They were ordinary people living ordinary lives, until one singular sensation of circumstance conspired with fate to make them UNSUNG HEROES OF HISPANIC HERITAGE MONTH.
Hollywood, Dec. 23, 1958. Singing cowboy Gene Autry‘s Challenge Records signed hard-drinking rockabilly singer/piano-player Shep Devereaux to produce four sides. Devereaux, originally from New Orleans, booked the Flores Trio (Danny Flores on saxophone and keyboards, Gene Alden on drums, and lead guitarist Buddy Bruce) to back him up. They recorded three rockabilly numbers and an up-tempo mostly-instrumental track composed by Flores, a song jokingly called “Chingate.” The song’s lyrics consisted of just that one cussword, repeated three times and featured a blistering sax solo by Flores.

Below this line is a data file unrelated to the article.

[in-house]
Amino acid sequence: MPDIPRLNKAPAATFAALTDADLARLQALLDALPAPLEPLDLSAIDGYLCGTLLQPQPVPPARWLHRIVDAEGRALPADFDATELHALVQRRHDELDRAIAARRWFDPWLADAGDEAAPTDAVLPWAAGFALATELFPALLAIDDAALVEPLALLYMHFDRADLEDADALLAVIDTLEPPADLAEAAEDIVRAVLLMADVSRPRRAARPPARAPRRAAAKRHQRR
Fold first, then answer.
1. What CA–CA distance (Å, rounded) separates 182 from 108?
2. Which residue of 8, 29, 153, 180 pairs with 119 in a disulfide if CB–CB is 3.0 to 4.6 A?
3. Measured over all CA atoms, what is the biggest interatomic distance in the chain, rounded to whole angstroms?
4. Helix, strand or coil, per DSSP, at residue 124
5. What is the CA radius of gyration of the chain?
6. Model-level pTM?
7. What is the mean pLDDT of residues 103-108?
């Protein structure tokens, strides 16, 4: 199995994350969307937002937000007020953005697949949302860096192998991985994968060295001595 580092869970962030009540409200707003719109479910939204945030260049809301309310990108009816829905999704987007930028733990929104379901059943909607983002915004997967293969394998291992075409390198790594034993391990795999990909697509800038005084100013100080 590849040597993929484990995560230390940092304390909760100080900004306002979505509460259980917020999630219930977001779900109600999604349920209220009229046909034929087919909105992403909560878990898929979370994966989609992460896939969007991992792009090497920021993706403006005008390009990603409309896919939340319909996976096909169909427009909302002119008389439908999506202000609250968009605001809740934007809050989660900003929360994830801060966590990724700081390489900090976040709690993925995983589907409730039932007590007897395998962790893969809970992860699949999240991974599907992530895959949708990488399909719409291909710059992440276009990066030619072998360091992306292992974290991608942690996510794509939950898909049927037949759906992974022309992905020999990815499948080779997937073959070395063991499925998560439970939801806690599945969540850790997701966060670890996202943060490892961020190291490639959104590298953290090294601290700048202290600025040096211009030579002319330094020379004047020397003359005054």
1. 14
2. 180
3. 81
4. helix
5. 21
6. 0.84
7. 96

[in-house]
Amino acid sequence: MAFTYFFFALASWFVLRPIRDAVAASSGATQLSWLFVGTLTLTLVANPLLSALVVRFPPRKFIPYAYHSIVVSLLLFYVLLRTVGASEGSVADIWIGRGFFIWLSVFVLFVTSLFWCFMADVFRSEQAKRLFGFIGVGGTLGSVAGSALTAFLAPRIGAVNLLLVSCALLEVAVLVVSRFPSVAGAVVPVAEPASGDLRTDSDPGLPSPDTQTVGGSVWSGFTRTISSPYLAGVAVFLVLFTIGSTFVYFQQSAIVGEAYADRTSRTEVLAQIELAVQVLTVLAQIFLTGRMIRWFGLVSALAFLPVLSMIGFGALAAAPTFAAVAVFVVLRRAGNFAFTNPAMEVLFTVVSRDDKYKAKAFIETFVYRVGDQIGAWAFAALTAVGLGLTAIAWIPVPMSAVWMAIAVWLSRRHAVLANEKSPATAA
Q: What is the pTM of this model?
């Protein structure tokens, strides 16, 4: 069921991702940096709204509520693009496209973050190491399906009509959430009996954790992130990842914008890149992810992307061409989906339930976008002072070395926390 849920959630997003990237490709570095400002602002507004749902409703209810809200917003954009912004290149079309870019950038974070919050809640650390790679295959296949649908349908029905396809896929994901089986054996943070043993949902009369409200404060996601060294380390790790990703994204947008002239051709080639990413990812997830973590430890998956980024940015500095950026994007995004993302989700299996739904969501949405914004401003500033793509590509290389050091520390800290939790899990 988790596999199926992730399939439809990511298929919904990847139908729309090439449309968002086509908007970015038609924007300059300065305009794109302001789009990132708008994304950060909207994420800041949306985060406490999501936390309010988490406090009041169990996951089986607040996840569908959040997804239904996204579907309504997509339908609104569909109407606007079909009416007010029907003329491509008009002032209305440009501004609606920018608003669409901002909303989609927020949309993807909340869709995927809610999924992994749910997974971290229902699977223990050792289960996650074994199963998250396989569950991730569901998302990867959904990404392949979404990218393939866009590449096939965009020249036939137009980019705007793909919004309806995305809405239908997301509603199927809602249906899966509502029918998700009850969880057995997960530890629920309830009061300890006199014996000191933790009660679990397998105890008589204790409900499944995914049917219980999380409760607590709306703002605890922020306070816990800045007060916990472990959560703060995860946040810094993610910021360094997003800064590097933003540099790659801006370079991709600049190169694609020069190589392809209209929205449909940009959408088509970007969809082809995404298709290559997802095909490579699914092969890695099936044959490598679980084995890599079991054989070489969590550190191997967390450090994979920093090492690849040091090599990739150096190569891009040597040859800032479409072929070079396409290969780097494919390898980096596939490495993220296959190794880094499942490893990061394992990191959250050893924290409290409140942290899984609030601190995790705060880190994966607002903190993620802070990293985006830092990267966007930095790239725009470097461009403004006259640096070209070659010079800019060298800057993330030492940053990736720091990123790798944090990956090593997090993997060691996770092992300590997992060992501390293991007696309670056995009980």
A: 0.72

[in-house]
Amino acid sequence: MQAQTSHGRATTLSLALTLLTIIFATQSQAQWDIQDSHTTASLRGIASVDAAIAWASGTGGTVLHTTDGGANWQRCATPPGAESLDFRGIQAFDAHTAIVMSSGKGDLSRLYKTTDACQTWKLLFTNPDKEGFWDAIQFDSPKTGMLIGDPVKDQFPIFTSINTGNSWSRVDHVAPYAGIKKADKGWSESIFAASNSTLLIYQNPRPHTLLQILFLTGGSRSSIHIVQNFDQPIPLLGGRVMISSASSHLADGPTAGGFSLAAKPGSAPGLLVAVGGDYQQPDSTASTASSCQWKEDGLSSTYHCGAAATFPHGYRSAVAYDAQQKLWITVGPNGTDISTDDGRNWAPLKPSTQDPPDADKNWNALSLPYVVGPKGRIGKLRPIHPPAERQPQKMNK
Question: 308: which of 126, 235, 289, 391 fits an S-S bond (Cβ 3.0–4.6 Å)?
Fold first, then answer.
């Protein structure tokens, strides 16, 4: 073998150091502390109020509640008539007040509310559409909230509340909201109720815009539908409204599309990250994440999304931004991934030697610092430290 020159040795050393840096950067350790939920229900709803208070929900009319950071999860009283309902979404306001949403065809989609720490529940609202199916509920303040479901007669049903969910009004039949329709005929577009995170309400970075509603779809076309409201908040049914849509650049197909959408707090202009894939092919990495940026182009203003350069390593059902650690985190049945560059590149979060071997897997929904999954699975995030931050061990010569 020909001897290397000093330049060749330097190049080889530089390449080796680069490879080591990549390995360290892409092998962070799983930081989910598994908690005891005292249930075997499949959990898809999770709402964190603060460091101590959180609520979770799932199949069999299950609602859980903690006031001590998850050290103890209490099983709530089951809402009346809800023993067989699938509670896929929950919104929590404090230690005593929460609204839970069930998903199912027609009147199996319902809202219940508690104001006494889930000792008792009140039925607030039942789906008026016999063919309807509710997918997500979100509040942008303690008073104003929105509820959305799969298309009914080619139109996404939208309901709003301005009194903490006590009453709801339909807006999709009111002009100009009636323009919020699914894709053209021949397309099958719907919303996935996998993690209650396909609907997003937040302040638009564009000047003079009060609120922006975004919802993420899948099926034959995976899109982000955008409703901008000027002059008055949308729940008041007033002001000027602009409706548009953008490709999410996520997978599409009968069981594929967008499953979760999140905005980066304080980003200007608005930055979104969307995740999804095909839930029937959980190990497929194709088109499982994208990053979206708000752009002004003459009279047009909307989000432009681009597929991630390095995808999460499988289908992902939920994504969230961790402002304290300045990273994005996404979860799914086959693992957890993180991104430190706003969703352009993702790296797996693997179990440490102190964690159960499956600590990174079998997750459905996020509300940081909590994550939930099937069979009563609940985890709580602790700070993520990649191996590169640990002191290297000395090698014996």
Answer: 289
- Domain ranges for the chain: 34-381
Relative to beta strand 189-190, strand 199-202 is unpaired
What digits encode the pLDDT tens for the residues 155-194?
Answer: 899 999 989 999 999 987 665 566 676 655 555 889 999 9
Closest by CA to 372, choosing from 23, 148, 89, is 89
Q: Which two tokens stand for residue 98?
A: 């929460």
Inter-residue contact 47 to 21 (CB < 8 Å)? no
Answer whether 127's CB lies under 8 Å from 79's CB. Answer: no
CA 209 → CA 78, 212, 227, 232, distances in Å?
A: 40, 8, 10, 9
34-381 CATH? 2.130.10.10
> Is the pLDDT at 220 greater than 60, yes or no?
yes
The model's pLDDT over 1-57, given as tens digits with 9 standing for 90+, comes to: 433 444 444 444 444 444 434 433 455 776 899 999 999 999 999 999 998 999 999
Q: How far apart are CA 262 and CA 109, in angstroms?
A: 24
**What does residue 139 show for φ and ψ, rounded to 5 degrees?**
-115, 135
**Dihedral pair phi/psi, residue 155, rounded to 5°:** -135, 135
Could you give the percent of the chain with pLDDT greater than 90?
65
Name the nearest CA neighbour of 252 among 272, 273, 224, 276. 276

When Autry, in the control room, heard “Chingate” he knew it was a hit, but realized the name had to change, so he asked for suggestions for three-syllable phrases from the band.
“Horchata!” “Tu madre!” “Pendejo!” The musicians were full of ideas.